Agriculture
Fast-flying fungal spores
Chicken Eggs as Drug Factories
Hungry bug seeks hot meal
Amphibians
Tree Frogs
Poison Dart Frogs
Frogs and Toads
Animals
Fishy Sounds
Mouse Songs
Poor Devils
Behavior
Swedish Rhapsody
World’s largest lizard is venomous too
Brain cells take a break
Birds
Geese
Flamingos
Seagulls
Chemistry and Materials
The memory of a material
These gems make their own way
Atomic Drive
Computers
Getting in Touch with Touch
Secrets of an Ancient Computer
The science of disappearing
Dinosaurs and Fossils
Digging for Ancient DNA
Message in a dinosaur's teeth
Ancient Critter Caught Shedding Its Skin
E Learning Jamaica
2014 GSAT Results for Jamaican Kids
E Learning in Jamaica WIN PRIZES and try our Fun Animated Games
Results of GSAT are in schools this week
Earth
Rodent Rubbish as an Ice-Age Thermometer
The Rise of Yellowstone
Challenging the Forces of Nature
Environment
A Newspaper's Hidden Cost
Whale Watch
A Change in Leaf Color
Finding the Past
A Volcano's Deadly Ash
Little People Cause Big Surprise
Stone Age Sole Survivors
Fish
Basking Sharks
Swordfish
Cleaning Up Fish Farms
Food and Nutrition
A Taste for Cheese
Recipe for Health
Chocolate Rules
GSAT English Rules
Pronouns
Order of Adjectives
Adjectives and Adverbs
GSAT Exam Preparation Jamaica
E Learning in Jamaica WIN PRIZES and try our Fun Animated Games
How are students placed after passing the GSAT exam
March 21-22, 2013: Over 43,000 students will take the GSAT Exam
GSAT Exams Jamaica Scholarships
GSAT stars reap scholarship glory
2014 GSAT Results for Jamaican Kids
Results of GSAT are in schools this week
GSAT Mathematics
Losing with Heads or Tails
It's a Math World for Animals
Prime Time for Cicadas
Human Body
A Better Flu Shot
Gut Germs to the Rescue
Nature's Medicines
Invertebrates
Moths
Caterpillars
Scallops
Mammals
African Elephants
Ferrets
Moose
Parents
Children and Media
Choosing a Preschool: What to Consider
The Surprising Meaning and Benefits of Nursery Rhymes
Physics
Electric Backpack
Spin, Splat, and Scramble
Invisibility Ring
Plants
Tracking the Sun Improves Plant Pollen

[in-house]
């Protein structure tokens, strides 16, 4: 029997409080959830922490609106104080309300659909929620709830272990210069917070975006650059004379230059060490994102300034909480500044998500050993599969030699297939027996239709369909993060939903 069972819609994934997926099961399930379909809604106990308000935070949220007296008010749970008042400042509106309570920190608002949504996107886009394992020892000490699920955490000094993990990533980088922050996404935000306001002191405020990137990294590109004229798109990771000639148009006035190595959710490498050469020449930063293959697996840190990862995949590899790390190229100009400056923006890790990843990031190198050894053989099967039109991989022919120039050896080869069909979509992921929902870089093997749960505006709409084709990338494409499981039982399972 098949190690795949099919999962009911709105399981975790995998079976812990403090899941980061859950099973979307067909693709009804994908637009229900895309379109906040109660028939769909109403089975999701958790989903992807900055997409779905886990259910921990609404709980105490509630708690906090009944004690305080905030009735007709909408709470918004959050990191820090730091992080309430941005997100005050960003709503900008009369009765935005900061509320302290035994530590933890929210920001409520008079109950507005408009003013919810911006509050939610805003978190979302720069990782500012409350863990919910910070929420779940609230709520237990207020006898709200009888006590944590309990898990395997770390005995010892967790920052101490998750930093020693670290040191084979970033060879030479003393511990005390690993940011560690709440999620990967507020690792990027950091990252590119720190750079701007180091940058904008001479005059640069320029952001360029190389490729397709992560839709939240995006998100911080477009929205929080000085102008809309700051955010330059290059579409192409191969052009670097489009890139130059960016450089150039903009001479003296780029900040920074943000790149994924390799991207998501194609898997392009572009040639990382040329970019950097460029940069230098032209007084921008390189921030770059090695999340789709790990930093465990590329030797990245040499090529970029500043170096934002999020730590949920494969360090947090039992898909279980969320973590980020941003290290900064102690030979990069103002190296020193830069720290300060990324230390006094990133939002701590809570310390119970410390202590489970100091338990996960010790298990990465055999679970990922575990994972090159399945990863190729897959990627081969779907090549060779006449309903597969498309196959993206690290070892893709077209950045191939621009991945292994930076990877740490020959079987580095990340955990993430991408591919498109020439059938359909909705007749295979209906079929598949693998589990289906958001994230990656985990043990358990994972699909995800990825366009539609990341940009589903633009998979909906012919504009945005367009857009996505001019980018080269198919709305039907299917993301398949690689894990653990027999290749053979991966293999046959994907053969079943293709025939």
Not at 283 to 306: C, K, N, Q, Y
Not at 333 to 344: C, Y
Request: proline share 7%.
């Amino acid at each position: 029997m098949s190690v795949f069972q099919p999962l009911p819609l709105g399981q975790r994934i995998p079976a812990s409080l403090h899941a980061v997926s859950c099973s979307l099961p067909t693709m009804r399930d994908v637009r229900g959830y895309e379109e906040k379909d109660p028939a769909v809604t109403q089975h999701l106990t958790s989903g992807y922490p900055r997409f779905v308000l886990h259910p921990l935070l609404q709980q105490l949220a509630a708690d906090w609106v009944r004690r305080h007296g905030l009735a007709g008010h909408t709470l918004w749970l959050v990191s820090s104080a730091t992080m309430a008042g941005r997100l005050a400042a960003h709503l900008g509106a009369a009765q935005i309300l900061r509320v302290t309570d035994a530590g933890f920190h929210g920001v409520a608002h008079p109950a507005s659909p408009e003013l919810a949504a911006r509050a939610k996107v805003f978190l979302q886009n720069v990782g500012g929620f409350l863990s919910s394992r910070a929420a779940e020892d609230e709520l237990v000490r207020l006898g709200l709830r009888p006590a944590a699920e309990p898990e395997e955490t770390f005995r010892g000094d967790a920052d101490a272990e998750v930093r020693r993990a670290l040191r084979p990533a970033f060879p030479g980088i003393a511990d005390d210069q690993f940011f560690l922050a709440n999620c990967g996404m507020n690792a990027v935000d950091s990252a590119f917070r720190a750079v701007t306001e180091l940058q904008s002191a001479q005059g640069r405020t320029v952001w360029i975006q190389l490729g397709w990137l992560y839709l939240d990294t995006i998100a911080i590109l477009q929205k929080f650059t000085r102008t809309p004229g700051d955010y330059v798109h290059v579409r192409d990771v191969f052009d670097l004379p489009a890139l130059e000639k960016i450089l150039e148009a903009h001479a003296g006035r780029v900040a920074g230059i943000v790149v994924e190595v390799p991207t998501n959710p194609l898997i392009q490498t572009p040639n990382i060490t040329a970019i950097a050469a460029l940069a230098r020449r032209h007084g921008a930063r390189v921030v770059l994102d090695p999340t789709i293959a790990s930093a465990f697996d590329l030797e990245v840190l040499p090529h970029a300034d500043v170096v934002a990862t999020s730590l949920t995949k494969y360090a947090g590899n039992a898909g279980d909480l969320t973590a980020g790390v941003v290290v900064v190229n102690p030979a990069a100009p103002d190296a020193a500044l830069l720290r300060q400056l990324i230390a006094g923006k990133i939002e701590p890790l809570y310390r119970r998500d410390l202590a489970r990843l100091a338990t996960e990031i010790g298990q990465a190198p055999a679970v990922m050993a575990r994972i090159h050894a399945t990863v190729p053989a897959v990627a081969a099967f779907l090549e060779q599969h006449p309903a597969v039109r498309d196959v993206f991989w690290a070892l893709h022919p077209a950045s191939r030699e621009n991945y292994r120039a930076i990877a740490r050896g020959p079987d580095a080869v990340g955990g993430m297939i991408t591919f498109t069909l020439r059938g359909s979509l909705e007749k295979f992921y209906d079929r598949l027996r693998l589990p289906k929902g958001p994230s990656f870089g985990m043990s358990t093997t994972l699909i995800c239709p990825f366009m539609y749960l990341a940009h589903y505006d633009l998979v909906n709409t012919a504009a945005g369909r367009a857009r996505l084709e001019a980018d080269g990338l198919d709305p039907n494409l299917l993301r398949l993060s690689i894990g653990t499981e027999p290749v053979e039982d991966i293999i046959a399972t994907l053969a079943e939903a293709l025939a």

Surprise Visitor
A Change in Leaf Color
Reptiles
Asp
Snakes
Cobras
Space and Astronomy
A Very Distant Planet Says "Cheese"
No Fat Stars
Ringing Saturn
Technology and Engineering
Dancing with Robots
Bionic Bacteria
Space Umbrellas to Shield Earth
The Parts of Speech
What is a Preposition?
Pronouns
Adjectives and Adverbs
Transportation
How to Fly Like a Bat
Ready, unplug, drive
Are Propellers Fin-ished?
Weather
Polar Ice Feels the Heat
The solar system's biggest junkyard
Catching Some Rays
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Beyond Bar Codes

In the future, your refrigerator might alert you when the milk has gone sour. At the grocery store, cashiers won't need to scan bar codes because products will provide the data on their own. And packages and letters will carry electronic tags that send messages about where they are. To make such a world possible, scientists are working on a technology called radiofrequency identification (RFID). An RFID tag is an electronic device that can be glued to cereal boxes, milk cartons, envelopes, and other objects. The tags store information and use radio signals to communicate with computers or sensors. RFID tags already exist in the form of "smart cards" that store dollar amounts for riders of some public transportation systems. RFID chips have also been implanted in animals to identify them and allow owners to find them if the animals get lost. In these cases, the tags are made of silicon, the material from which most computer chips are made. However, silicon electronic tags are too expensive to be used as widely as printed bar codes are. Now, scientists from two companies in Europe have independently taken steps toward speeding up the spread of RFID technology. They have created tags completely out of plastic materials with the right kinds of electronic properties to transmit radio signals efficiently. The methods for making plastic tags are much cheaper than those for making silicon tags. The tags produced by scientists from Philips Research Laboratories in Eindhoven in the Netherlands are made from a type of plastic called pentacene and transmit radio waves at a frequency of 13.56 megahertz. The tags produced by PolyIC in Erlangen, Germany, use a different type of plastic. Neither type of tag is perfect yet. The plastic tags are still expensive and tricky to manufacture, and their radio signals don't travel very far. It may be a few years yet before plastic RFIDs make their way into nearly all of our everyday objects. But when they do, there will be an amazing amount of information zooming invisibly around us.—E. Sohn

Beyond Bar Codes
Beyond Bar Codes








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